Wendell Pierce. Death of a Salesman (c) Brinkhoff Mogenburg
Feted as one the of 20th Century’s greatest plays, seventy years after its inception, Marianne Elliott and Miranda Cromwell have seemingly rewritten history. Taking the bold decision to recast with an African-American family has rejuvenated the piece and brought to the fore an entire new shelf of questions and thoughts. Nowhere in the script does it specifically state the heritage of the Loman family. Perhaps politics dictates they would be white. Whatever the reason, I have to continually remind myself that previous productions were not African-American, so persuasive and accurate is the portrayal. This quartet is a real powerhouse of talent that draw empathy from the audience whilst also making you feel sad, moved and at times uncomfortable.
Three hours is a rather long for a production (I am out of practice with serious drama, musicals and pantos being a staple in the Sardines’ house at the moment!) but I was literally on the edge of my seat throughout. From the first lilting notes to the last, the cast takes you on such a journey that the whole audience leaves slightly bewildered, feeing like they were the ones run over. The Loman casting is sublime. Wendell Pierce evokes a whole gamut of emotions as he stumbles from one moment to the next, his desperation and delusions dragging him evermore downwards. Pierce has such an onstage presence, he draws the audience in. His fond memories juxtaposed with harsh reality, the physical and mental exhaustion etched on both the character and actor’s face.
Sometimes actors known for film and television work can disappoint onstage but not here. Pierce is astounding. In effective contrast to his ever worsening fate, there is Sharon D Clarke’s unflappable Linda – rock of the family. Committed wholly to her boys and the belief that life will be better one day, Clarke’s portrayal is both emphatic and personable. You never feel sorry for her, even when the depth of Willy’s deceit emerges and are left sensing the same confusion by the end. Martins Imhangbe and Arinzé Kene complete the family, again affable despite their faults. Two diverse siblings both struggling with their own demons, both actors portray the brothers with powerful sensitivity and an air of desperation.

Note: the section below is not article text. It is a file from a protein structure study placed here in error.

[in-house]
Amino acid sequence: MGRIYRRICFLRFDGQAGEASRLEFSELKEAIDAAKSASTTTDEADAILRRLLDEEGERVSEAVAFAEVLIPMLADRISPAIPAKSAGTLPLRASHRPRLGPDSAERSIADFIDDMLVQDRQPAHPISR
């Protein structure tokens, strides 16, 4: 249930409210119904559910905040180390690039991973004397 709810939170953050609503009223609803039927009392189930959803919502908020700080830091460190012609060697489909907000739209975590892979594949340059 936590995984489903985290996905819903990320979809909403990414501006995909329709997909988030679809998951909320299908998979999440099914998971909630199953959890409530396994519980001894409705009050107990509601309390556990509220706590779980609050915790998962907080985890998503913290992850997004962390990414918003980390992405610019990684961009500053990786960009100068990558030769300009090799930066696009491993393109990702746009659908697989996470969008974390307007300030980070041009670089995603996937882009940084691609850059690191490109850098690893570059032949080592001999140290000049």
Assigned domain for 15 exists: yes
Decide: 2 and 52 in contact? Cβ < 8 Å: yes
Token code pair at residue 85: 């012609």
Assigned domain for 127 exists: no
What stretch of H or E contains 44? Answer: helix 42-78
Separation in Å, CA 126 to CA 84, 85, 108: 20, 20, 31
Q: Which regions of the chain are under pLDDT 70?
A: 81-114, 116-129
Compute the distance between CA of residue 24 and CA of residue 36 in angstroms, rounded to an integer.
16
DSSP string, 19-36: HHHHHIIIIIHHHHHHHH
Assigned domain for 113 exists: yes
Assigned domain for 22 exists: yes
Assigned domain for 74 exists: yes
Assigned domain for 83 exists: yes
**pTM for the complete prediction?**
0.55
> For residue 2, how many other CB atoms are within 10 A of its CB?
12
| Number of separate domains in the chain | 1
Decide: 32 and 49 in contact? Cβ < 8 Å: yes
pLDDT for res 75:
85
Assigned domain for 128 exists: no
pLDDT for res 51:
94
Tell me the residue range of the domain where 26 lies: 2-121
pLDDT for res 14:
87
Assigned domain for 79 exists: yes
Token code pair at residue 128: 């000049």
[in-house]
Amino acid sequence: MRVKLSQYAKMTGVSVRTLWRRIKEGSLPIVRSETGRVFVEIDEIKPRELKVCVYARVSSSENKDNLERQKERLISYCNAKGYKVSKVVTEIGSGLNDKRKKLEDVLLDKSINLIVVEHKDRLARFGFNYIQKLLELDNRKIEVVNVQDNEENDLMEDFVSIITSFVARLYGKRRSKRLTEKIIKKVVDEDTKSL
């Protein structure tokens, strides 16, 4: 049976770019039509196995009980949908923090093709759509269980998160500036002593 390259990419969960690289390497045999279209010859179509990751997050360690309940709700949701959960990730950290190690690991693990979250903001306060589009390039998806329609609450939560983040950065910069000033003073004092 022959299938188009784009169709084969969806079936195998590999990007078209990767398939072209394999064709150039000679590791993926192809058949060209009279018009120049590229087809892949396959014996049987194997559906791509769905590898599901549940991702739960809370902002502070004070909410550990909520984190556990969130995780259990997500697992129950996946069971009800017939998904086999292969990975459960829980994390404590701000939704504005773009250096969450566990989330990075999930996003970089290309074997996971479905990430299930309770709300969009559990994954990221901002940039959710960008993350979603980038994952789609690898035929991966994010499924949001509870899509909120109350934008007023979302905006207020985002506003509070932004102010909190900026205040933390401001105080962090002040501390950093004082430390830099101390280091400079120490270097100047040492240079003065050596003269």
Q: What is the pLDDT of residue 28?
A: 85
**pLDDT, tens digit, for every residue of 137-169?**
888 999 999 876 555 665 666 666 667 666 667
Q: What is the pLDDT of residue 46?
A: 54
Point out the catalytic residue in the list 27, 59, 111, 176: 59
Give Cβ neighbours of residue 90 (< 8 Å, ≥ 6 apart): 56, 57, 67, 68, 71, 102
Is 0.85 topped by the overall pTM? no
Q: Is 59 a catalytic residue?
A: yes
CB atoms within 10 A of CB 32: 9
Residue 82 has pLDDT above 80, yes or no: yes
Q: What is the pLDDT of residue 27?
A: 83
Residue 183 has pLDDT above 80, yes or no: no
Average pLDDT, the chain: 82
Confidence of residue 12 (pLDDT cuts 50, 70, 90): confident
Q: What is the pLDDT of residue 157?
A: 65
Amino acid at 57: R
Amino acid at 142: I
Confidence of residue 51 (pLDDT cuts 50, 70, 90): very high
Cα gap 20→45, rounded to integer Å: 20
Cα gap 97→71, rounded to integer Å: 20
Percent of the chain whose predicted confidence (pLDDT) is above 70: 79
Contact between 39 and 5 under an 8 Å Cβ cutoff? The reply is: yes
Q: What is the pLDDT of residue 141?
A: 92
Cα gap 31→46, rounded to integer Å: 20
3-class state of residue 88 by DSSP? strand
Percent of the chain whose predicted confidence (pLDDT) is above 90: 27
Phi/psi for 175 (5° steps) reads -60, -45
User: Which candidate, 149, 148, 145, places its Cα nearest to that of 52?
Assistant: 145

Anna Fleischle’s angular set perfectly frames the action and subtle moving levels enables the audience to move around the Loman’s house seamlessly. Swathed in dark, gloomy light; only Willy’s interactions with dead big brother Ben and the various nefarious ladies bring brightness and colour to the proceedings. I always believe a set is a visual extra with the actors being the real showcase. The simple furniture used is fitting for the Lomans' lifestyle but also means you are not detracted from the onstage action. Aideen Malone’s lighting design adds to the sombre, oppressive mood too.
We are in an age where mental health and wellbeing is being championed voraciously by schools and colleges right up the royal family. Whilst many people are mooting the themes of alienation and discrimination, for me the production highlights the transient nature of the play and how seventy years later we are still battling the same ideals society impinges on us. I do not go to the theatre expecting to have my values or beliefs changed, but there is something nascent in this production in which you will fail not to be moved or changed in some way. Politically we are meant to have come so far from when slavery was abolished in 1863 but actually we seem to be caught in a cycle. Miller’s tired and jaded salesman is now just any number of wage slaves struggling to fulfil their dreams, no matter what their heritage.
Arinze Kene, Sharon D. Clarke and Martins Imhangbe. Death of a Salesman (c) Brinkhoff Mogenburg